I spent a few weeks in Mexico recently, and it really impacted me. I haven’t been able to stop dreaming about my time in that awesomely delicious country since I sauntered across the boarder to Guatemala. Because I can’t stop thinking about it, I can’t stop writing about it! This one is going to be a little different though. I’m going to admit that I didn’t do my trip right. In fact I made a lot of travel mistakes when visiting Mexico.
Gasp! Say it ain’t so!
Yes, it’s true. I’m not perfect.
BUT I get the opportunity to make the lives of future Mexico visitors better by sharing my mistakes with them to make them better travelers.
First piece of advice: get the heck away from Cancun and Cabo! Mexico is awesome. Mexico is filled with adventure. And tacos. What more do you need to convince you to see a country than the opportunity to eat as many tacos as humanly possible.
If you must go to Cancun, get off the beaten path!
Did I mention tacos?
Anyways, because it is such a vastly misunderstood country it’s easy to make mistakes when planning a visit there.
I Made 6 Travel Mistakes when Visiting Mexico
I didn’t plan anything about my visit.
Like most countries, a lot of the infrastructure of Mexico was a bit difficult to figure out. In Cancun and Mexico City, hiring a taxi at the airport was totally different to anything I’d ever experienced. The bus schedule, stops and ticket desk were so elusive to me. I wound up having to spend a lot of extra money in taxis and Ubers to get back and forth from the bus station a few times buying and changing bus tickets.
If I could do it again? I would set some tentative ideas of the regions or cities I wanted to visit. I’d spend some time mapping out a route and asking around in forums for the best ways to get from one place to another.
I ended up in the border town of Tapachula expecting to find a certain bus company stand in the bus terminal and wound up finding no such stand and no simple way of booking the next leg of my bus. Fun fact, if you’re in the Tapachula ADO bus terminal and you’re trying to continue on to Guatemala City, the ticket office for the next round of buses is across the street in a room under a hotel there. It’s not marked. Ask around.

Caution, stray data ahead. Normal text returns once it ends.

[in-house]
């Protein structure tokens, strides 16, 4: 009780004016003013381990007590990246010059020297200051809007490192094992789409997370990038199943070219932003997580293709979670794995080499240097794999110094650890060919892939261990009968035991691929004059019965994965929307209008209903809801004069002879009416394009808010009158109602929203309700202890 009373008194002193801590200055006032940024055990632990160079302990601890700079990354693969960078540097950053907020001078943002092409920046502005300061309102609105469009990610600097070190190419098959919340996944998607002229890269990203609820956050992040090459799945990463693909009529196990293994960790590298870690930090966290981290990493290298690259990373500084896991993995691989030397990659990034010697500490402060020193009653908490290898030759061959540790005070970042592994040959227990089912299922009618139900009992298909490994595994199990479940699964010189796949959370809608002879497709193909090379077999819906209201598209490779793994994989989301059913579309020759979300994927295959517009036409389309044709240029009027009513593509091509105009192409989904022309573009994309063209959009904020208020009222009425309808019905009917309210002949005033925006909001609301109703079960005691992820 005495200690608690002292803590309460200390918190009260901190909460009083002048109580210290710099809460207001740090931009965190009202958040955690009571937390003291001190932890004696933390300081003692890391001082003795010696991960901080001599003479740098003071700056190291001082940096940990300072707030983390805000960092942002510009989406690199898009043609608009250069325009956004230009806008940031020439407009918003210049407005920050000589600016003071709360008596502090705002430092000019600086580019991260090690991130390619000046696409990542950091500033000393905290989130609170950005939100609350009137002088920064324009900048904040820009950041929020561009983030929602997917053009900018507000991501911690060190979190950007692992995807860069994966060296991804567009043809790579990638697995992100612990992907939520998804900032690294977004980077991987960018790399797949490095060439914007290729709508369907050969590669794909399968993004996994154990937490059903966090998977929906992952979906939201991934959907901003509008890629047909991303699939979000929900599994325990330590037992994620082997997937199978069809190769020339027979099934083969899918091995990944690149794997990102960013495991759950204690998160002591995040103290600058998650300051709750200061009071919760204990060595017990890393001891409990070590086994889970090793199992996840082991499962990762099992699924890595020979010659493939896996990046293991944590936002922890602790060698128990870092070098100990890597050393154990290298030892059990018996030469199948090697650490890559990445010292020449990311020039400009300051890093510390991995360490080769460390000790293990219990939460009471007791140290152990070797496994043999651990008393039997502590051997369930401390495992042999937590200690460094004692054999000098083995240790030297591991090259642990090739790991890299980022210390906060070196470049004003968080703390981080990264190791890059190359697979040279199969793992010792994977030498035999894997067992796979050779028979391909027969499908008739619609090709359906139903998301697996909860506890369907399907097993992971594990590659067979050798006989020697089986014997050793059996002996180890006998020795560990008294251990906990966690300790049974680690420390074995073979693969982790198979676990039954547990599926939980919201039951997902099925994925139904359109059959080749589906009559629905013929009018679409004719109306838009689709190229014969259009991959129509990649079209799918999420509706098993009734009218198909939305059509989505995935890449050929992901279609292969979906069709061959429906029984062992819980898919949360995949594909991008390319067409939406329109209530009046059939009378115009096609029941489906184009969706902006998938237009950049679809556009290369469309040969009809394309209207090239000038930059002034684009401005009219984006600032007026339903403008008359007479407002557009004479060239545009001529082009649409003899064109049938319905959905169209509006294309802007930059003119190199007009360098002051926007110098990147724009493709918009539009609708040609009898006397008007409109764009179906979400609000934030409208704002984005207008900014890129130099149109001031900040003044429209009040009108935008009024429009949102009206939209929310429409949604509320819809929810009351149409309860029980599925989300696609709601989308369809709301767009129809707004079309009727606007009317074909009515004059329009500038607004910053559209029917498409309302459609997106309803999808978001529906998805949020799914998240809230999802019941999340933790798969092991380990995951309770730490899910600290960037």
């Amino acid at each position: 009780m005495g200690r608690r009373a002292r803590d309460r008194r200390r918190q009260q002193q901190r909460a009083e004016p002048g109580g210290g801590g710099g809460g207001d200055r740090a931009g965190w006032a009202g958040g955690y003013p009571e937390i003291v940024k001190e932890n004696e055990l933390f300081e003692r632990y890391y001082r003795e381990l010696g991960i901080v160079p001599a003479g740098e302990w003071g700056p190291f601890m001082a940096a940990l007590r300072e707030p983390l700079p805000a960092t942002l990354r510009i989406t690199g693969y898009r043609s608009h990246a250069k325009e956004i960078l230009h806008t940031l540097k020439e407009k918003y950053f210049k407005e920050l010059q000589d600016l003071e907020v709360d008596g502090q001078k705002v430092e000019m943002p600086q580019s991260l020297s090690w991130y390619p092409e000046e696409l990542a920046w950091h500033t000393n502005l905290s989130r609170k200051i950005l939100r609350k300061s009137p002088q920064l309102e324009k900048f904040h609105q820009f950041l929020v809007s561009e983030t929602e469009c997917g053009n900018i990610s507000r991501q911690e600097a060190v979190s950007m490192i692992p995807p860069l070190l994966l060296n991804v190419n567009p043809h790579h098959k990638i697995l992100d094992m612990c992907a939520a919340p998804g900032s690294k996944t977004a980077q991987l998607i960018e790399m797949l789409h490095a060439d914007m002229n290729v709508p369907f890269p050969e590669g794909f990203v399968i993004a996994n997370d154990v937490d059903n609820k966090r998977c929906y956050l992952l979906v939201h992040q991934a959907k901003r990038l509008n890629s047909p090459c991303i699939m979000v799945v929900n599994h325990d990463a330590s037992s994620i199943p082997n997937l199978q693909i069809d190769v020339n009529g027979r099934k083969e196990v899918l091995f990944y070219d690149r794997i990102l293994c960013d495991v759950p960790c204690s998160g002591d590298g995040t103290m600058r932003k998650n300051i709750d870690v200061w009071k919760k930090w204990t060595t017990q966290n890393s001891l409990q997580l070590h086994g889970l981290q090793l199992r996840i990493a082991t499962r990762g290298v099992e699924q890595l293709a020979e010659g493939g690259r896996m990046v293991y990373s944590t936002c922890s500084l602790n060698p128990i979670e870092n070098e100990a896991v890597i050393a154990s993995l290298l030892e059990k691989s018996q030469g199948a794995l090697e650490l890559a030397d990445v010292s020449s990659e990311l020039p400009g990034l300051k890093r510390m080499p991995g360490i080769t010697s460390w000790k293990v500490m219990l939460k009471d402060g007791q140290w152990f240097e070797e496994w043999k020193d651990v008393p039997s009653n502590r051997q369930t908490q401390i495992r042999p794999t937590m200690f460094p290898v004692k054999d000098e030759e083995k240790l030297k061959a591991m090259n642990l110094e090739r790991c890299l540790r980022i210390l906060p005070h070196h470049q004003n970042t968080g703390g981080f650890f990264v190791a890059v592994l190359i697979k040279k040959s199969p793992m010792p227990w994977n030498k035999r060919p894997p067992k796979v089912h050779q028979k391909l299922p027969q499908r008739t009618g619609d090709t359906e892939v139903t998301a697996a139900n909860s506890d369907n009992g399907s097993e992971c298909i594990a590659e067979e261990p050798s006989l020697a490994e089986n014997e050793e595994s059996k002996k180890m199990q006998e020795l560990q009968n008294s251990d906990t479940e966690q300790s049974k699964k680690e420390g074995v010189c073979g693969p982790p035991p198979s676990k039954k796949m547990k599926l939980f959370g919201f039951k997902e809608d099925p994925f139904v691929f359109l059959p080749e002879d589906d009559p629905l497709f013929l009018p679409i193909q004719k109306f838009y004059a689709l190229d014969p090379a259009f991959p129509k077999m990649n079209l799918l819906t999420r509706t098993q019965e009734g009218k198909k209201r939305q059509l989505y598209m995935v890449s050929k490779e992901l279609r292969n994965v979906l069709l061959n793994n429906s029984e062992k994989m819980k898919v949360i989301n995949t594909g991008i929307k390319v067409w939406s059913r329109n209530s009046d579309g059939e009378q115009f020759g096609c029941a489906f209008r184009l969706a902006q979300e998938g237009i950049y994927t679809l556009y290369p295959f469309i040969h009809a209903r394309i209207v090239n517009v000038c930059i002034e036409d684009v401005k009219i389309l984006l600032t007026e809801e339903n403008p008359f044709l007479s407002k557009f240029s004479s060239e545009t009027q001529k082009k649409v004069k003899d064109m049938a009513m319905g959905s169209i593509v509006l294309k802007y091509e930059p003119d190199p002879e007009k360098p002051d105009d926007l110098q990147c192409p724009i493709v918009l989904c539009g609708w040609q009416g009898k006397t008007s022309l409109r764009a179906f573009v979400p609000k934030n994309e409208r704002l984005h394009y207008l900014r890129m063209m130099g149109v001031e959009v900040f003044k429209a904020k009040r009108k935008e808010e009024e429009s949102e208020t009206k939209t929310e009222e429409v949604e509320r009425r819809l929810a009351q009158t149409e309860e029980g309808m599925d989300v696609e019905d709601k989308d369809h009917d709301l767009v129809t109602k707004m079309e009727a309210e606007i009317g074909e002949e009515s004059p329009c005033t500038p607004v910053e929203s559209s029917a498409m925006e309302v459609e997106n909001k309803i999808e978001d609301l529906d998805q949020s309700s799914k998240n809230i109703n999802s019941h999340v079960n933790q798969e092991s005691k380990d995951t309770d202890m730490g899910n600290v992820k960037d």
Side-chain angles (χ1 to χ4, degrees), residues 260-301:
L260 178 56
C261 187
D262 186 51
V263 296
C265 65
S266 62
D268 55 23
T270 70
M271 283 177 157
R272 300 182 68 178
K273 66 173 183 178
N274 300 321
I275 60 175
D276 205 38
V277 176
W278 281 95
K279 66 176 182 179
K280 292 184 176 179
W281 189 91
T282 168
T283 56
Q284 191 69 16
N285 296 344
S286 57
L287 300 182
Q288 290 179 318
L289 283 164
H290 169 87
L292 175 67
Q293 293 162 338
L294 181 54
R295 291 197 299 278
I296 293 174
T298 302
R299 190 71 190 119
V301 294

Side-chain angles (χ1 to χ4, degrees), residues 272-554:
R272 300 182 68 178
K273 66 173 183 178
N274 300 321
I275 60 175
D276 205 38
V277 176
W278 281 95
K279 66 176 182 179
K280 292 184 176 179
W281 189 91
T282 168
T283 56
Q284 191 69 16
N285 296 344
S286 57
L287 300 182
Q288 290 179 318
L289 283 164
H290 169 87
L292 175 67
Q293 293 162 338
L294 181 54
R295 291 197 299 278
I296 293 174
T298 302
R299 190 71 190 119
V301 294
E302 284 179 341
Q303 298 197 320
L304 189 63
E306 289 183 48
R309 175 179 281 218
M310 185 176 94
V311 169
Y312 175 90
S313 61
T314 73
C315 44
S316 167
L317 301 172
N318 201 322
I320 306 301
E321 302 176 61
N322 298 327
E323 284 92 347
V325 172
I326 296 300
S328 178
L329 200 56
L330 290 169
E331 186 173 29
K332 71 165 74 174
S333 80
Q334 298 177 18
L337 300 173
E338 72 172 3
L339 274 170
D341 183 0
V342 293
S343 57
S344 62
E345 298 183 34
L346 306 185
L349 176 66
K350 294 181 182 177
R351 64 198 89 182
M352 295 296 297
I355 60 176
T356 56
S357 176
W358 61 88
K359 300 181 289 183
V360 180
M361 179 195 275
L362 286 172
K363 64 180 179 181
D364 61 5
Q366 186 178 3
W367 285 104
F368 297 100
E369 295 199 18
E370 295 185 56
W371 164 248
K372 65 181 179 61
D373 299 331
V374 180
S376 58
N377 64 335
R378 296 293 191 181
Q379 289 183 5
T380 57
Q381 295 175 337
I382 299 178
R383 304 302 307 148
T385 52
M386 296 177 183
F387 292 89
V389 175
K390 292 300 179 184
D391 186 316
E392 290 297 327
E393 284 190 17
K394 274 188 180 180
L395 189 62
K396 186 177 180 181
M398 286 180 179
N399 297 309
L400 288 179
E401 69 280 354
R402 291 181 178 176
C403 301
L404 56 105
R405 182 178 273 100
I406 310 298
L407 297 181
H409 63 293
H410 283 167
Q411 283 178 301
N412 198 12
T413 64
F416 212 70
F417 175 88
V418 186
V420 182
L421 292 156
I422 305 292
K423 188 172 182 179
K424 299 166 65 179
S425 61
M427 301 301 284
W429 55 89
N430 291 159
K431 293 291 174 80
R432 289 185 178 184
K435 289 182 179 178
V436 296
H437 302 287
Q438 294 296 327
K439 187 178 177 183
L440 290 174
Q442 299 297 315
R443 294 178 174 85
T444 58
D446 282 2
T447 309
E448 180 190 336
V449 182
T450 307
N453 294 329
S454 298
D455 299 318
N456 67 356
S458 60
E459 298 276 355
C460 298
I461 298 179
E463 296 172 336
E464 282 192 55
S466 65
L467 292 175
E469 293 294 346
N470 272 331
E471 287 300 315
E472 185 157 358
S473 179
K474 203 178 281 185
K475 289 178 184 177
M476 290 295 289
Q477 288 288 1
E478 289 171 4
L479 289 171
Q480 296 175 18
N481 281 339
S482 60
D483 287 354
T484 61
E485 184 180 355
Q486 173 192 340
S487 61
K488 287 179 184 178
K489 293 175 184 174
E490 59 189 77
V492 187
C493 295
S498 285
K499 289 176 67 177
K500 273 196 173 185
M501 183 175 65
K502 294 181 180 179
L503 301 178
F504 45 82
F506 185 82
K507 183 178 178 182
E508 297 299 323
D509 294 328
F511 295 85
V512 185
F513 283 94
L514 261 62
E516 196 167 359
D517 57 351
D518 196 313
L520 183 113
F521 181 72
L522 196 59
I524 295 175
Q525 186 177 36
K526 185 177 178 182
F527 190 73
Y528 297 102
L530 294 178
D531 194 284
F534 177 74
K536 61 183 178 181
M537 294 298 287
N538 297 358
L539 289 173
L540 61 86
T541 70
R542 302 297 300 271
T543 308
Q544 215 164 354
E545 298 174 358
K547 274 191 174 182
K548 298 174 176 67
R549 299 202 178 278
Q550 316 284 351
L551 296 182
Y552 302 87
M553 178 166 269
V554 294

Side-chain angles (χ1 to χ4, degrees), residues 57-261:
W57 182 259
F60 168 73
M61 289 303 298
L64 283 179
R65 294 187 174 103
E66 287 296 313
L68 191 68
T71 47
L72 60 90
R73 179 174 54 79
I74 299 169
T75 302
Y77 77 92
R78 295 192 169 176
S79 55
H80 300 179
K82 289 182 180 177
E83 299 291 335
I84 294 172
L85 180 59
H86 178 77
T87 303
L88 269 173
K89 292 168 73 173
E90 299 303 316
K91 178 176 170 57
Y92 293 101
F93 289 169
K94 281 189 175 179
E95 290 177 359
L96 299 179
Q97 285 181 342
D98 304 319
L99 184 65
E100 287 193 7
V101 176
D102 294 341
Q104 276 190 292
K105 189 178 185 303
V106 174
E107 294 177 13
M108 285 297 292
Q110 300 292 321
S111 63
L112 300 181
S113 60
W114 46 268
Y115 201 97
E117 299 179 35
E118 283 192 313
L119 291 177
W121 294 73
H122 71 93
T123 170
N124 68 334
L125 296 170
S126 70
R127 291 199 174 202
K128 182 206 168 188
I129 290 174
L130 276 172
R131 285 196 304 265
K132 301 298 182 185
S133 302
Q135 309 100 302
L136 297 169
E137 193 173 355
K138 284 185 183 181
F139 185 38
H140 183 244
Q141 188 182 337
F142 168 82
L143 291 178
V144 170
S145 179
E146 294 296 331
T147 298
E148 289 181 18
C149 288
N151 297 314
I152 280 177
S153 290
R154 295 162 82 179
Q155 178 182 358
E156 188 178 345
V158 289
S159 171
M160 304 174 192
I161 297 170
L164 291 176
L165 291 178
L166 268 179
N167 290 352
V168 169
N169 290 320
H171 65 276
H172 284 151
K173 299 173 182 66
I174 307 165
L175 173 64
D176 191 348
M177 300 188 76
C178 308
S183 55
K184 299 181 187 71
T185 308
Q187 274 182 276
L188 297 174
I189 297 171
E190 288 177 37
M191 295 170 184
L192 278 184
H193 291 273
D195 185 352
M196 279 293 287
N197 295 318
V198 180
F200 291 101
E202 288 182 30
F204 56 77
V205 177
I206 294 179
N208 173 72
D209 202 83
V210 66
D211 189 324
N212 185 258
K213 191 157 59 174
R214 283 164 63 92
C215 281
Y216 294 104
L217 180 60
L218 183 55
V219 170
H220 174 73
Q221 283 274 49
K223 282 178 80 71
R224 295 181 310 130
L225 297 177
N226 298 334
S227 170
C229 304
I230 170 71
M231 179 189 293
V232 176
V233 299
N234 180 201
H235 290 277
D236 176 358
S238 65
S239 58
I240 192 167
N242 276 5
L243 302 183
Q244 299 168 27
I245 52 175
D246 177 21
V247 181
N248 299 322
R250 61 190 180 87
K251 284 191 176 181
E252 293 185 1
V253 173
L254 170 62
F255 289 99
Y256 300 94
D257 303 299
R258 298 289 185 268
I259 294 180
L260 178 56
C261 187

It was a pretty frustrating example of how I should have done a little more research before my trip.
I expected it to be extremely dangerous and dodgy.
Let’s be honest and real for a second. Mexico has a bad reputation. I expected to have to hide money in my shoes, not venture out after dark, and be extremely cautious while sightseeing. I have to say I probably missed out on a lot during my visit because I was so apprehensive to actually relax and enjoy my trip. I feared that the second I let me guard down, something was going to happen.
I bought my ticket to Cancun and had absolutely 0 intentions of going anywhere else in Mexico. Once I started talking to other travelers I got recommendations for all sorts of places. I let their accounts persuade me into trying out Mexico City and then Oaxaca.
I fell madly in love with both of these cities for very different reasons. And I still shudder to think I almost visited them because I let social stigmas drive my travel plans.
Even after getting to Mexico City, I still heard warning after warning about how dangerous the subway was. Even from locals. BUT the subway was 5 pesos and taxis to downtown were 80-100 depending on traffic. See the dilemma? Luckily, I had met a fellow traveler during a weird Cancun airport experience and we had spent a few days traversing Mexico City together to calm our nerves.
We decided to brave the big bad subway together, at daylight, from tourist neighborhood to tourist neighborhood. We spent 10 minutes outside the entrance to the subway securing all of our belongings, taking deep breaths and telling each other that the second one of us feels unsafe we will get off.
And what happened once we got into the subway??